Bitcoin is more than a currency.

Bitcoin is more than a currency and has important implications for food producers.

This from Kevin Cooney, ASB's head of rural corporate, as quoted from the NZ Herald, 20 July 2017.

Behind bitcoin and most of the other crypto currencies out there is some very useful software called blockchain and it is the blockchain technology that can revolutionise the way farmers do business around the world.

Let's consider how blockchain works before we hear from Kevin Cooney on how he believes blockchain can be the future of farming.

  1. To start our blockchain example, someone decides to undertake a transaction of some kind. The transaction can involve payment using bitcoin or any other currency, but it might also include a contract, records or other information that needs to be stored as part of the transaction.
  2. The requested transaction is sent to a network of private computers called nodes. Here the information is shared with millions of private computers, not copied or locked for editing by any one operator. There is only ever one version of the transaction which helps ensure its integrity.
  3. The network of private computers all share in validating the transaction using a known set of rules.
  4. Once the transaction is verified, the data is added as a block to the chain of all the previous transactions - hence the name blockchain.

Where do the banks come in all of this? Surely bitcoin and all the other cryptocurrencies have the potential to disrupt normal banking as we know it.

Rather than bitcoin as an alternative currency, the banks are interested in the development of the blockchain technology and how it might revolutionise the way they conduct their business, no matter what type of currency people are using. This is where Kevin Cooney from ASB is coming from. When he looks at blockchain technology he sees:

  1. Blockchain being ideally suited to food transactions as it connects buyers and sellers directly. In its simplest form it would form a trusted network for buying and selling food.
  2. Buyers will be able to see where their food has come from because the relationship with the food producer will be direct. This is called the provenance of food and it is already an important part of food retailing. I, for one, want to know where my food and wine has come from and who produced it.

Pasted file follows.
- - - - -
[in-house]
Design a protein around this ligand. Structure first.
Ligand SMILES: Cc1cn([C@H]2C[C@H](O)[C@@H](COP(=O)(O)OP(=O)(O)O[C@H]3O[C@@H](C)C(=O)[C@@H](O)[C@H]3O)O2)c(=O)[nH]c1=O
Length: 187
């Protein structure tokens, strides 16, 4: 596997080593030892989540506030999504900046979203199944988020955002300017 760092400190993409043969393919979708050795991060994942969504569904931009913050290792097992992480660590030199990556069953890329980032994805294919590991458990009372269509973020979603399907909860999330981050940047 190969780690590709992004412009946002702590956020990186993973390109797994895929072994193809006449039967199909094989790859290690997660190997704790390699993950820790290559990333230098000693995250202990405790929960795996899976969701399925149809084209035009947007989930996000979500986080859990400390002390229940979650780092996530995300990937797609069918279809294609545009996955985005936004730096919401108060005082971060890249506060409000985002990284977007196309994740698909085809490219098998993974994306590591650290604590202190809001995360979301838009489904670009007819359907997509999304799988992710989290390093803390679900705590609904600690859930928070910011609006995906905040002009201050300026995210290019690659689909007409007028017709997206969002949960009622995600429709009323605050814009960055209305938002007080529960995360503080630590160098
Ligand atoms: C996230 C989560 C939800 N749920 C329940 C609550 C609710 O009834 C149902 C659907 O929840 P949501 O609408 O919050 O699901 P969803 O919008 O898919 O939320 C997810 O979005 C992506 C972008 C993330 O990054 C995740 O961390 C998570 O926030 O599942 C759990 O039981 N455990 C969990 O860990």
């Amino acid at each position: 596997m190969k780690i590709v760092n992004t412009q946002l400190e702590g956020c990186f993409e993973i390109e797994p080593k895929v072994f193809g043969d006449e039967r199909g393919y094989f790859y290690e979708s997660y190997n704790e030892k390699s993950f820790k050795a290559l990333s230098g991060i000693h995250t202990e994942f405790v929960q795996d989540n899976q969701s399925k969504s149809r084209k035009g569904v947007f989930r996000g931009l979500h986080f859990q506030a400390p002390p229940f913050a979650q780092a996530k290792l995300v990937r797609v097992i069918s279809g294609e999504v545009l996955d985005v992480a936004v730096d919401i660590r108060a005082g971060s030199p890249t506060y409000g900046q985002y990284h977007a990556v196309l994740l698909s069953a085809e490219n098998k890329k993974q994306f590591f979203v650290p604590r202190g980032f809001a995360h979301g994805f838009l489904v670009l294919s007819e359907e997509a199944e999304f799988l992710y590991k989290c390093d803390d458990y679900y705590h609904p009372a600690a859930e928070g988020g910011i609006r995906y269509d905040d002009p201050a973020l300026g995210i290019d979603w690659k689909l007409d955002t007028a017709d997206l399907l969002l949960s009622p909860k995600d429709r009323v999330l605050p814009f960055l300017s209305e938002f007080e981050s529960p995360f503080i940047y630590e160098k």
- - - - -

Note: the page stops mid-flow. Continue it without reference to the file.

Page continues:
3. The blockchain transaction will be fast, secure and transparent.
  4. Records of the transaction are available to everyone and are reliable.
  5. Blockchain technology will be able to handle the volume of information that comes with each food transaction. If you want, you will be able to see the animal providing the meat you intend to purchase in the field from the start of its life to the end of its life. You will be able to track the meat as it leaves the meat works and as it enters the store. Sensors record the time, date and images as it happens. All that data and imagery would be available to the end customer as part of the transaction. This provides a lot of confidence to the retailer and the consumer that the product is special and valuable. It all becomes part of the claim that this food is top of the range, best quality and safe to eat. A rare thing worth striving for.
  6. Kevin believes that blockchain technology has the potential to reduce inefficiency in the food supply chain and manage food waste better. It will also impact strategic thinking and positioning for food producers. A great way to get closer to the consumer!

Kevin tells a story of how an Australian bank recently trialled using blockchain technology to purchase wheat from an American grower. "Instead of waiting for the usual manual letter of credit arrangement, the cotton shipment was paid automatically with the necessary verification triggered automatically through sensor-based physical tracking of the wheat shipment in real time. Blockchain provided greater certainty, reduced errors and did in minutes what usually took days." (NZ Herald).

Kevin also tells how Australia is funding research into the use of blockchain technology to advance their ability to trade globally, and this was back in their 2016 budget.

Potentially, blockchain will become a component of the drive here in New Zealand, a nation totally reliant on it global trading status, to capture more margin from the sale of the food we produce and truly get closer to the end customer.

Keep asking great questions ...